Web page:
Make Worker Safety Part of Administration, Says Advisory Group

President Bush should issue a presidential memorandum to establish worker protection, pollution prevention and environmental stewardship as "core management values," the Federal Advisory Council on\r\nOccupational Safety and Health (FACOSH) said.

President Bush should issue a presidential memorandum within the first 100 days in office to establish worker protection, pollution prevention and environmental stewardship as "core management values throughout the federal government," the Federal Advisory Council on Occupational Safety and Health (FACOSH) said in a resolution on Jan. 11.

A draft presidential memo and supporting documents will be forwarded to the Bush Administration by FACOSH.

The draft memo will ask each agency head to conduct a baseline assessment of the department''s occupational safety, health and environmental management programs, systems and organizations, and identify weaknesses, steps to address them and estimate how much it would cost to make that federal agency "a model for the nation''s employers."

One of the memo''s "talking points" suggests that Bush tackle the issue because although injury/illness rates and toxic emissions are falling in the private sector, "the federal government has not shared fully in this progress."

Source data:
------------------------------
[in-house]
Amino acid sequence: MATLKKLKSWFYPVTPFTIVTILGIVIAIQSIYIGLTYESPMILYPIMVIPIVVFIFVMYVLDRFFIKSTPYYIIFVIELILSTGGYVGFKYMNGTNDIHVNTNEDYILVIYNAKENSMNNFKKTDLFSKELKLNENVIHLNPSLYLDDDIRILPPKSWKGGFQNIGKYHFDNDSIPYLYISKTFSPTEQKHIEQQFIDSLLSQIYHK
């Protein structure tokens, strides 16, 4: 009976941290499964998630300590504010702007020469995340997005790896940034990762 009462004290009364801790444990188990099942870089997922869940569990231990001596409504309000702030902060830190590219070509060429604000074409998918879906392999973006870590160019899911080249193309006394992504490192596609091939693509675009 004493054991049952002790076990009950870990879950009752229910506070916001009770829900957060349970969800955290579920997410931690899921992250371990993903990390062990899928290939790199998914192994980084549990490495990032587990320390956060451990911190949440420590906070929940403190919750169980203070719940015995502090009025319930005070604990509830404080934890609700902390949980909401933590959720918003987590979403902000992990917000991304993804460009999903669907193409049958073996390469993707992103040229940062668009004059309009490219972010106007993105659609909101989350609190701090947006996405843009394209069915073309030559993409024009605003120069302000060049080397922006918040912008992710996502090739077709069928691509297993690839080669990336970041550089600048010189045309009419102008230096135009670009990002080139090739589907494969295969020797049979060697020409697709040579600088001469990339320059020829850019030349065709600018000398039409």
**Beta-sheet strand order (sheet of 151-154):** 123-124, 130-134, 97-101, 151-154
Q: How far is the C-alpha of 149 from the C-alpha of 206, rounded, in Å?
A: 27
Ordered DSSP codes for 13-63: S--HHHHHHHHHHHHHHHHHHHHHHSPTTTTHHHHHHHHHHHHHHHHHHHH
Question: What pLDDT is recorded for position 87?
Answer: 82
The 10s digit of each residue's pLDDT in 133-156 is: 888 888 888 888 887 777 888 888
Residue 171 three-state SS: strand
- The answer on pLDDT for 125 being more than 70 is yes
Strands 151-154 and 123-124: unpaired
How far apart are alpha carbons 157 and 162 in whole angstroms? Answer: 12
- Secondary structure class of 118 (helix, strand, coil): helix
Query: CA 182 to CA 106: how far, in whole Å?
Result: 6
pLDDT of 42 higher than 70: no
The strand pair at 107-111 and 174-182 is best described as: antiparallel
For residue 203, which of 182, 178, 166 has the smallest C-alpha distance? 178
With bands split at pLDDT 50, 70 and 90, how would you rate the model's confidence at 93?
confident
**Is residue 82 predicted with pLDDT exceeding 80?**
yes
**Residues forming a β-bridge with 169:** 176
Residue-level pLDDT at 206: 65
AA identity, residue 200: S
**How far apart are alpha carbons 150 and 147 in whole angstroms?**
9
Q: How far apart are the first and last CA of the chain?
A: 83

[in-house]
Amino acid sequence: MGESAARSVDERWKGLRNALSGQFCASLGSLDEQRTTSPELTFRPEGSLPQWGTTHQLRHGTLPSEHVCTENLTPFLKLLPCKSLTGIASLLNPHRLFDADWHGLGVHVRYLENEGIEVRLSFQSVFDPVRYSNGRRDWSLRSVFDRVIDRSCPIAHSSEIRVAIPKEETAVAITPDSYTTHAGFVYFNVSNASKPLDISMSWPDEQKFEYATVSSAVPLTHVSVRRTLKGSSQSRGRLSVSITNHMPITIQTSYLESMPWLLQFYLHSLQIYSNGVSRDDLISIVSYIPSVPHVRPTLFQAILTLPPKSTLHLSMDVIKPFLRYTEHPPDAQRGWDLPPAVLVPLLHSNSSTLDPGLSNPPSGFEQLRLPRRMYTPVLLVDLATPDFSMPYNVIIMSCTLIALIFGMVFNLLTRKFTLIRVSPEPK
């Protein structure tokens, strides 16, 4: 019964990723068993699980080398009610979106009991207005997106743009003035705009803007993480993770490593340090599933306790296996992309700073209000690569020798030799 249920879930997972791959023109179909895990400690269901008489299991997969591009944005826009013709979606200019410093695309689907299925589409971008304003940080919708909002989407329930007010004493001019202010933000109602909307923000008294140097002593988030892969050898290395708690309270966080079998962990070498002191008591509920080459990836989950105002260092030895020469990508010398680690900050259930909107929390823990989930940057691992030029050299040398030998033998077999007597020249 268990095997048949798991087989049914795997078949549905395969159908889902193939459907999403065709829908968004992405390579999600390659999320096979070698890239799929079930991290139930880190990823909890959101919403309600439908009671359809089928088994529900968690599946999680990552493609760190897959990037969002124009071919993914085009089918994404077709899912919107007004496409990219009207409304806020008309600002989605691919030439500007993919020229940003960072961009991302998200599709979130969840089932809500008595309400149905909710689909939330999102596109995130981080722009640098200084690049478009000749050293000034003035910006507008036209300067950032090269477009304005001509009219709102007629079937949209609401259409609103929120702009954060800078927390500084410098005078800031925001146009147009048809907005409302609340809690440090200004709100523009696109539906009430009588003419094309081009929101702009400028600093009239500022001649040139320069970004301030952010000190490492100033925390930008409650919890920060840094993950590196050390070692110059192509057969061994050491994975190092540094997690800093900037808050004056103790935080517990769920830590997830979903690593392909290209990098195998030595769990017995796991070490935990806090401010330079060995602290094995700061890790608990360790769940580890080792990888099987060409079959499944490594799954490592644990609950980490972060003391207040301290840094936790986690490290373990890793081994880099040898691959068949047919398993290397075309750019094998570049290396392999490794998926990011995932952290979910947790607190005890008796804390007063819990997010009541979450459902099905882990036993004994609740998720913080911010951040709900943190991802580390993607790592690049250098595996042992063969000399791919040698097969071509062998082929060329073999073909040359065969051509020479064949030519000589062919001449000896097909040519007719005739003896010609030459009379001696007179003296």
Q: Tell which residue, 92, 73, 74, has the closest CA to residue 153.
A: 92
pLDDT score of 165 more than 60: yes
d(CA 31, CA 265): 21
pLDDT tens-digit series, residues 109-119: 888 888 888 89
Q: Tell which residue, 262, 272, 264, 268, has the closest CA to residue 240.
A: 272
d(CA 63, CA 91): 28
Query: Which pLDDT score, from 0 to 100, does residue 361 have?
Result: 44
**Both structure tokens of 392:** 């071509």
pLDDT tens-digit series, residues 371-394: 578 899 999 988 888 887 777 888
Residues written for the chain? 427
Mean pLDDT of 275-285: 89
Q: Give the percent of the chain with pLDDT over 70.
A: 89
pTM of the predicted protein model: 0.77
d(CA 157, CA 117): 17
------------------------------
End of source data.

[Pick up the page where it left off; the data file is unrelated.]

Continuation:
Federal workers are six times as likely as private sector employees to sustain lost time injuries and illnesses, according to a Conference Board study conducted last year that was cited by the FACOSH work group.

If the federal government was able to perform as well as the best private companies, the government would reduce injuries and illnesses by 59,000 and save taxpayers more than $1.7 billion a year in future compensation costs and productivity losses, the group estimated.

FACOSH workgroup members include eight federal agency management representatives and eight union representatives.

by Virginia Sutcliffe

Hide comments

Comments

  • Allowed HTML tags: <em> <strong> <blockquote> <br> <p>

Plain text

  • No HTML tags allowed.
  • Web page addresses and e-mail addresses turn into links automatically.
  • Lines and paragraphs break automatically.
Publish